Monday, June 17, 2013

Window on Eurasia: Putin’s Unfunded Mandates Costing Moscow Support East of the Urals

Paul Goble

            Staunton, June 17 – Siberia and the Russian Far East are supposed to come up with the money to pay for Vladimir Putin’s promise to develop those regions, an arrangement officials say that in the absence of new revenues they will not be able to do and that is undermining support for Moscow east of the Urals.

            At a meeting of the Association of Siberian and Far Eastern Cities, Novosibirsk Mayor Vladimir Gorodetsky said that the Russian president makes promises to the population but does not provide the regional and local governments with the means to fulfill them, generating cynicism in the population and anger among officials (

                And that in turn is leading to the reanimation of the Siberian Accord inter-regional association, an organization that brings together the leaders of that region and that played an important role as a counterweight to Moscow during the 1990s but that had declined in importance until recently.

Siberian officials estimate that they will need more than 900 billion additional rubles (30 billion US dollars) over the next three years to meet Putin’s promises, but at present, Gorodetsky said, they can count on receiving from the center “only 40 percent” of that amount.  “I think,” he continued, “the situation in the Far East is no better.”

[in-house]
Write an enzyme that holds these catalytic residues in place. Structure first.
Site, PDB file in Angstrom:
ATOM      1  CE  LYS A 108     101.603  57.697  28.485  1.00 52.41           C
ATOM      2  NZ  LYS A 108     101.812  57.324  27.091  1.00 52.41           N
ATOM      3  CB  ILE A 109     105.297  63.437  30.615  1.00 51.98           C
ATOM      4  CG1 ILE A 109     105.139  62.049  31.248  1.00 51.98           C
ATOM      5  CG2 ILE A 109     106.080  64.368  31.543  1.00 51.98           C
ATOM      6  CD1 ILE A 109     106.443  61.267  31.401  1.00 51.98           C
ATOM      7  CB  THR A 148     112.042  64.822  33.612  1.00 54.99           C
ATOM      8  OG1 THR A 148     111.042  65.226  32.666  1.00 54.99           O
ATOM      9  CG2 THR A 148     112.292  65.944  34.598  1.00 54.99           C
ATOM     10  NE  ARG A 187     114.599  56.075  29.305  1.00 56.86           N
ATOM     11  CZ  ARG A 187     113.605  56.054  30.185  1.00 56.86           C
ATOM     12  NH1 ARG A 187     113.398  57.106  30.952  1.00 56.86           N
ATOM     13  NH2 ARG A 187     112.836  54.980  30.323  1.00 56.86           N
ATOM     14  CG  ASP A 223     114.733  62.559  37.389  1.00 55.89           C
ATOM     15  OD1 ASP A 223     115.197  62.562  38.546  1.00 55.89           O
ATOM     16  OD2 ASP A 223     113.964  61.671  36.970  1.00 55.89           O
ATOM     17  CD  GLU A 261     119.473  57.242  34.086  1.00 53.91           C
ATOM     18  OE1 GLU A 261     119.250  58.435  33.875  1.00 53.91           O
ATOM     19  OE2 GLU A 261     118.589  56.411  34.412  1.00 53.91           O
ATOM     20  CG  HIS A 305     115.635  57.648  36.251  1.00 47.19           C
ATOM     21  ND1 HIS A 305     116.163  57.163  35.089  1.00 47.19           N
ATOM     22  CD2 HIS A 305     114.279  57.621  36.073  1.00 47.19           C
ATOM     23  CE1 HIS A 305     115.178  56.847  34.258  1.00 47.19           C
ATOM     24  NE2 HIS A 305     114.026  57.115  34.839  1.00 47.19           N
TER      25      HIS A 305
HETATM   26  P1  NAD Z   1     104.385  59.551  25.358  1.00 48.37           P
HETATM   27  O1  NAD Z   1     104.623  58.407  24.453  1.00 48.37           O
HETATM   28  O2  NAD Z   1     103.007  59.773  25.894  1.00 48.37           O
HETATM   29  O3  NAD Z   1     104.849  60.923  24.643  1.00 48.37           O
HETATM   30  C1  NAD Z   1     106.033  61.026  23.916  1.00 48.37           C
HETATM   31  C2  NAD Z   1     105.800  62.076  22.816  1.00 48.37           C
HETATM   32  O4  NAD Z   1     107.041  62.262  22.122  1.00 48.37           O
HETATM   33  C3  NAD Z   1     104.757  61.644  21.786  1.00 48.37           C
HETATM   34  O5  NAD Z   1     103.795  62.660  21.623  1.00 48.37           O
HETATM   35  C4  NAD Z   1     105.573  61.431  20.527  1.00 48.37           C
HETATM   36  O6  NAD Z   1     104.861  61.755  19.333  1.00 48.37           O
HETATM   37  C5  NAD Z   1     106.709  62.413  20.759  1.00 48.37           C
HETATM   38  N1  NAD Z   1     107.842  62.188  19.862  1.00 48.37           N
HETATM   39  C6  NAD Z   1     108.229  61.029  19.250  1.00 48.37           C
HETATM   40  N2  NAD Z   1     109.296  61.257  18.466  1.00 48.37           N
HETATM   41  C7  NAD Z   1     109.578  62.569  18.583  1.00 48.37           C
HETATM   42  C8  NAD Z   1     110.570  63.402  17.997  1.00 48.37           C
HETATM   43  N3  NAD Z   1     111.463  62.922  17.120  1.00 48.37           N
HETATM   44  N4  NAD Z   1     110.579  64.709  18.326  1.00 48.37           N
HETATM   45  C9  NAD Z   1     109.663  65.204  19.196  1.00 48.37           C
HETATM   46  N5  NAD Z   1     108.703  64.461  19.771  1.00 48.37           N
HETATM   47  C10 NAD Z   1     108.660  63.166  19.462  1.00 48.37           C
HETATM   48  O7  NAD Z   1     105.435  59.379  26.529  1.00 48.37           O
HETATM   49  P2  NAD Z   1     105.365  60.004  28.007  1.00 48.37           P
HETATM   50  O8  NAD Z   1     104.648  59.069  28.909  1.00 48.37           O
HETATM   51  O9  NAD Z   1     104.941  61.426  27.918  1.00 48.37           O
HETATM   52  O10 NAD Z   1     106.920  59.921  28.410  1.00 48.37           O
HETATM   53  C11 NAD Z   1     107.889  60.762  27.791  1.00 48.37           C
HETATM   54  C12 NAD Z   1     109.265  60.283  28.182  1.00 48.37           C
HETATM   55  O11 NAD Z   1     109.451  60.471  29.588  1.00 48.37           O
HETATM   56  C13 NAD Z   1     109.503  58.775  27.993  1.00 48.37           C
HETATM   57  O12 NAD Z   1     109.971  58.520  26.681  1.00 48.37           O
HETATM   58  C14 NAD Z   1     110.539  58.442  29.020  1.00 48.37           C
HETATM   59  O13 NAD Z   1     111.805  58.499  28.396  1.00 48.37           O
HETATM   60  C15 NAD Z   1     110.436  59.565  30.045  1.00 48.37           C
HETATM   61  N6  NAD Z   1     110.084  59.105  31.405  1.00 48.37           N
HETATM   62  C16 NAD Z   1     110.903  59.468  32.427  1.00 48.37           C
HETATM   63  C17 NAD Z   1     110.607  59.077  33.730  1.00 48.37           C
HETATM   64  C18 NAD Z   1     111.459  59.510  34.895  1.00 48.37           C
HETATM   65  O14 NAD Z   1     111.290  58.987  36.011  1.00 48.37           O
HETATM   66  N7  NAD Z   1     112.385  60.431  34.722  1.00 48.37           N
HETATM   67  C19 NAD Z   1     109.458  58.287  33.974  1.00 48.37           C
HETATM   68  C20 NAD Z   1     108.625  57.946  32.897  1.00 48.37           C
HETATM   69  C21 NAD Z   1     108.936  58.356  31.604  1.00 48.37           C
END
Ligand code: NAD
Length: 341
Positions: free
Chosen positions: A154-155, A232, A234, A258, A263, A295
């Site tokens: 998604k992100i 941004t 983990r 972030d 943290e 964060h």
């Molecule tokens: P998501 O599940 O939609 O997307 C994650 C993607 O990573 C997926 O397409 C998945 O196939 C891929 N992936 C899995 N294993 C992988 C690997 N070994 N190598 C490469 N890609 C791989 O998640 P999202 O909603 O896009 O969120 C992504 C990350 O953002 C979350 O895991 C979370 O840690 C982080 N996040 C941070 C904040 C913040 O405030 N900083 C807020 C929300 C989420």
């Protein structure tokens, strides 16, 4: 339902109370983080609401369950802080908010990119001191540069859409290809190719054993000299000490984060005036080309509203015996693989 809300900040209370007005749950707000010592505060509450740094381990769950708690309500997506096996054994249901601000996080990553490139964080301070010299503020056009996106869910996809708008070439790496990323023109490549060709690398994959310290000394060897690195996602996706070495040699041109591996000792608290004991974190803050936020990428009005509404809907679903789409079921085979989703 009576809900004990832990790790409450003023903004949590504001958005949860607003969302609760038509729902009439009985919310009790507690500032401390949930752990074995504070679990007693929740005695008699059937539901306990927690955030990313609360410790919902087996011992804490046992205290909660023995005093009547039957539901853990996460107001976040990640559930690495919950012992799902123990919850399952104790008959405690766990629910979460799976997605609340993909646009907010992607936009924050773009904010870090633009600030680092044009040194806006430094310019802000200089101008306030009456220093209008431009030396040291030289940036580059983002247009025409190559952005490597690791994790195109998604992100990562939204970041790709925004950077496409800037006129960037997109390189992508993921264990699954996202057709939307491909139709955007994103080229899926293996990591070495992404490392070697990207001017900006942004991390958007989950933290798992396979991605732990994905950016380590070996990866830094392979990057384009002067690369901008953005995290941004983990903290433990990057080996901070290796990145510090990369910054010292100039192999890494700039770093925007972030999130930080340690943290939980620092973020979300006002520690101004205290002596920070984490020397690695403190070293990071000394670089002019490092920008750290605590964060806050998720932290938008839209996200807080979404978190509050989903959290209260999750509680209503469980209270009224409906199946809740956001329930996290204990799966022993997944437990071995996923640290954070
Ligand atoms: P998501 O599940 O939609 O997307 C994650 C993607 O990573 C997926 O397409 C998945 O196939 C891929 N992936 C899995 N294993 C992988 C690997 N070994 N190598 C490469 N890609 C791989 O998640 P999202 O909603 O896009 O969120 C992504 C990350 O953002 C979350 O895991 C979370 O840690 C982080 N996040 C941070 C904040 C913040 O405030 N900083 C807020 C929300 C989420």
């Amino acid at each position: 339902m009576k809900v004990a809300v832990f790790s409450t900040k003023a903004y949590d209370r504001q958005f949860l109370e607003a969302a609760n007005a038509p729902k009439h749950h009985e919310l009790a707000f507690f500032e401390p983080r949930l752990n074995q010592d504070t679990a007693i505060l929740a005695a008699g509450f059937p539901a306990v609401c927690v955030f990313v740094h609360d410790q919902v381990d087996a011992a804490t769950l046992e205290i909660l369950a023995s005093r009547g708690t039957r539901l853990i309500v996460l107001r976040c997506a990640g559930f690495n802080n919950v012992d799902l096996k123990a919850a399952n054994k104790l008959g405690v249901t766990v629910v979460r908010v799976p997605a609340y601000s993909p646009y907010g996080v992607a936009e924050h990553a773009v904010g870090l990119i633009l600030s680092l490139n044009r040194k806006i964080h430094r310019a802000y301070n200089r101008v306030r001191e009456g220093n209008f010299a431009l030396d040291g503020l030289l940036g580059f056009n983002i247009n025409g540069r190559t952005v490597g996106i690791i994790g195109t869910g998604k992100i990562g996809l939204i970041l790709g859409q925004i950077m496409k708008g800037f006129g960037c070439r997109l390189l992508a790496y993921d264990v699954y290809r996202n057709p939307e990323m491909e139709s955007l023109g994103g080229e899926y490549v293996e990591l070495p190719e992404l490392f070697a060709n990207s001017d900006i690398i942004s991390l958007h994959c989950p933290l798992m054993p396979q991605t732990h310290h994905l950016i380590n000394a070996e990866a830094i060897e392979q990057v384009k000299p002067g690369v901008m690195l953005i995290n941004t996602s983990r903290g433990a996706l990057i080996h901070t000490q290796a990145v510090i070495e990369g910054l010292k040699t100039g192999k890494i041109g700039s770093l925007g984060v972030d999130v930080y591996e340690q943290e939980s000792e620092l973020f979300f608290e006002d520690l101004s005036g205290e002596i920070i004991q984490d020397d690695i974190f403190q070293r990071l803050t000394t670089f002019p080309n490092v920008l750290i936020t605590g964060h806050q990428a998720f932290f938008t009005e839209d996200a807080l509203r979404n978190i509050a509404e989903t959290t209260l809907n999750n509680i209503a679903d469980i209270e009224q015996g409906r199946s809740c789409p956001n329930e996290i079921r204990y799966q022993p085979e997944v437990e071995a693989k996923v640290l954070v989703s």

The Russian finance ministry has put out “more optimistic” projections, he continued, but “in the opinion of a number of heads of subjects and financial analysts,” these Moscow projects “have little in common with reality,” a situation that is “creating tensions in relations between the regions and the federal center.”

Moreover, Putin’s overly generous promises are having a cascading effect, Gorodetsky continued. The regions don’t have the funds to fulfill these mandates, and consequently,  they demand that the cities and local governments do so, even though the regions just like Moscow are not providing additional funds.

That leads to “a lowering of the effectiveness of the work of the municipal authorities, and correspondingly to a worsening of the population’s assessment of their activities.”

What makes this especially galling for local officials, the Novosibirsk mayor said, is that they and the population are very much aware that Siberia’s regions continue to send ever more tax money to Moscow without getting nearly as much back as they need if they are to fulfill Putin’s promises.

            Although that was clearly not his intention, Viktor Ishayev, the Russian minister for the development of the Far East, in effect confirmed what Gorodetsky said.  Speaking in the Duma on Friday, he acknowledged that the central government would provide only 36 percent of the money the Far East needs for development (

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